There are moments in Brahman Naman that evoke the memory of American Pie. One such bit comes at the very start of the film when protagonist Naman Bala (Titli’s Shashank Arora) sneaks towards the fridge in his house while his parents are fast asleep, and employs it to relieve his loins.

What’s it with horny teenagers and kitchen items?

But while these are superficial similarities, it’s important to note that Brahman Naman is directed by Qaushiq Mukherjee aka Q, best known for his explicit and experimental film Gandu, which was an official selection at the Berlin International Film Festival in 2011. Brahman Naman was screened in competition at Sundance earlier this year, and became exclusively available to stream on Netflix starting this week. It attempts to tell a deeper story, with more layers than the average sex comedy. And while it’s certainly fun in bits, the film does veer off in puzzling directions.

Naman and his two friends Ajay (Tanmay Dhanania) and Ramu (Chaitanya Varad) are Brahmin teens in 1980s Bangalore. Typical dorks with insatiable sexual appetites, they spend their time participating in and winning intercollegiate quiz competitions, and using that money to get pissed drunk. Between it all, the three virgins obsess about sex, infusing their preoccupation with Shakespearean lines and casteist notions.

The boys, frankly, are only sporadically funny. And not particularly easy to like. The women who cross their paths, however, show more spunk. Things get interesting when Naman and his pals take a train journey to Calcutta for a quiz competition, during which they encounter a rival all-girls team. But roughly an hour into the film, the story peters off distractedly. A scene demonstrating Naman’s cruel treatment of a female classmate who adores him is played for laughs, but it’s the one bit in the film that cuts deep.

Like the director’s previous films, ultimately this one too is bold and provocative, but appears to stem more from Q’s recurring desire to shock than from a place of sexual frankness. 1980s Bangalore is lovingly recreated, and the film’s music injects pep into the proceedings.

I’m going with two-and-half out of five for Brahman Naman. Perhaps if it was better fleshed out, the film could have been a sparkling comedy. But despite all the sexual suggestiveness and jokes, it just doesn’t rise to the occasion.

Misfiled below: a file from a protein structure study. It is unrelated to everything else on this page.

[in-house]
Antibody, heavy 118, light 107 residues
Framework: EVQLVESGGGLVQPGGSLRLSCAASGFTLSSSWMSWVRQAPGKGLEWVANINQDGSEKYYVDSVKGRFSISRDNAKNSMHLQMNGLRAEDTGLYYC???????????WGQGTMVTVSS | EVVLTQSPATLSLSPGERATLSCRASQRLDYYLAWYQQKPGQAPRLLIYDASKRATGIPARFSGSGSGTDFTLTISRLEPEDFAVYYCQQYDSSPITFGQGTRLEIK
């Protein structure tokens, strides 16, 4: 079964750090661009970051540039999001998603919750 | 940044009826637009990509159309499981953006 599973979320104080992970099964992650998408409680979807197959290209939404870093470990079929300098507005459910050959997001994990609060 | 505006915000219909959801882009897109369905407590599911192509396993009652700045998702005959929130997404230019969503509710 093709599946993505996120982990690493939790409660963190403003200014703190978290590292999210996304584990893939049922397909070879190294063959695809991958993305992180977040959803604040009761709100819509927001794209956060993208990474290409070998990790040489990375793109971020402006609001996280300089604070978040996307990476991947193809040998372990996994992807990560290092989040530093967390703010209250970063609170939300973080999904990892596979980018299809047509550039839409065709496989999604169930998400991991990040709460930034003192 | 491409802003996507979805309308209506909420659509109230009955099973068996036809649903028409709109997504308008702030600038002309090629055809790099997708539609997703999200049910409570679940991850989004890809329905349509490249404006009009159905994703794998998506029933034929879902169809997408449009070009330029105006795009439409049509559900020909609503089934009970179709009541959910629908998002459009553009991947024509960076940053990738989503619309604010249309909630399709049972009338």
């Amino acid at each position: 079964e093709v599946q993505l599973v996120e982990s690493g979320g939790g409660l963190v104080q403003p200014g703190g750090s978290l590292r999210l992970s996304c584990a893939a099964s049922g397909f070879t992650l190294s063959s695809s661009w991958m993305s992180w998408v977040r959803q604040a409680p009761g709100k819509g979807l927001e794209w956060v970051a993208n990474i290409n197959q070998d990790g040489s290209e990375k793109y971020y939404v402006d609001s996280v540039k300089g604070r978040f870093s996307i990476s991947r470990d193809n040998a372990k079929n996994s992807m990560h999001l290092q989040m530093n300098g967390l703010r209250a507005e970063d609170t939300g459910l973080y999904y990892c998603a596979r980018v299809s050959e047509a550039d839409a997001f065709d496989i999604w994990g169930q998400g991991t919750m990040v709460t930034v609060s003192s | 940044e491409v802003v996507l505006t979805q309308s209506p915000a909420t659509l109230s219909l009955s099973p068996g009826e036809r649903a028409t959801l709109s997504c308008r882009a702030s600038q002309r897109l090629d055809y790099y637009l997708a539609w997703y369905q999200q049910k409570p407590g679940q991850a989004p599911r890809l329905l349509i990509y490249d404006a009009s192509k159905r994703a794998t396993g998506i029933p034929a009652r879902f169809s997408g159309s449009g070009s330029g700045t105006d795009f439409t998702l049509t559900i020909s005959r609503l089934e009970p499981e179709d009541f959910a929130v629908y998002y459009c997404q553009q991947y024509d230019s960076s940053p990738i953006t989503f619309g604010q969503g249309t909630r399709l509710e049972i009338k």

(This review first aired on CNN News18)

July 6, 2016

Lord of the ring!

Filed under: Our FIlms — Rajeev @ 7:00 pm

July 6, 2016

Cast: Salman Khan, Anushka Sharma, Kumud Mishra, Randeep Hooda, Amit Sadh, Anant Sharma

Director: Ali Abbas Zafar

Let’s just face it, Salman Khan has built a career on playing himself in every other movie. The narratives may vary, but the persona doesn’t change. He’s always the lovable, irreverent man-child with an unwavering moral compass and a weakness for losing his shirt. Whether disguised in a burqa while traveling across Pakistan to deposit a mute girl to her home in Bajrangi Bhaijaan, or pausing to break into an impromptu dance while pummeling the bad guys in Dabangg, what he delivers is a performance, but you can’t call it acting.

In Sultan, directed by Ali Abbas Zafar, the actor comes closest to playing a character that feels real, complete with flaws and failures, and one that doesn’t take his shirt off for purely gratuitous reasons. Playing a middle-aged, out-of-shape former wrestler who enters the ring again, to exorcise personal demons, Salman delivers an impressive, full-bodied performance, easily his most credible acting job since…forever.

The script, however, is less solid, and relies too heavily on familiar tropes and overused sports-movie clichés. The rise and rise of our underdog hero, small-town Haryanvi Jatt Sultan Ali Khan, as he goes from local slacker to world wrestling champion is demonstrated through a series of slick training montages. His romance with Aarfa (Anushka Sharma), a feisty young wrestler, is documented through multiple songs. There is conflict, then a shot at redemption when a now-grizzled Sultan returns to conquer the ring.

At a butt-numbing 2 hours and 50 minutes, the film feels way too long, especially in its first half, which is more or less entirely a flashback. It’s a shame the makers don’t know what to do with Anushka’s character after a point, introducing her as a progressive, forward-thinking feminist then sidelining her completely. Anushka, by the way, is pretty good in the role, but suffers on account of the weak script.

There are good actors in key supporting roles, including Randeep Hooda as a cynical trainer who must whip Sultan back into shape, Kumud Mishra as Aarfa’s father, Amit Sadh as the entrepreneur behind an MMA Premiere League, and an especially terrific Anant Sharma as Sultan’s best friend Govind. But make no mistake, the film really serves as a showcase for its leading man’s incredible screen presence, and his surprisingly mature performance in a role that requires much heavy-lifting…literally.

Salman is especially affecting in later scenes as the defeated protagonist who seizes the opportunity to right the wrongs. He’s convincing also in the film’s excellent wrestling sequences that look, feel, and sound real and brutal.

Sultan is predictable, no two questions about it. But it’s powered by a riveting central performance that makes you overlook so many of its problems. I’m going with three-and-a-half out of five.

(This review first aired on CNN News18)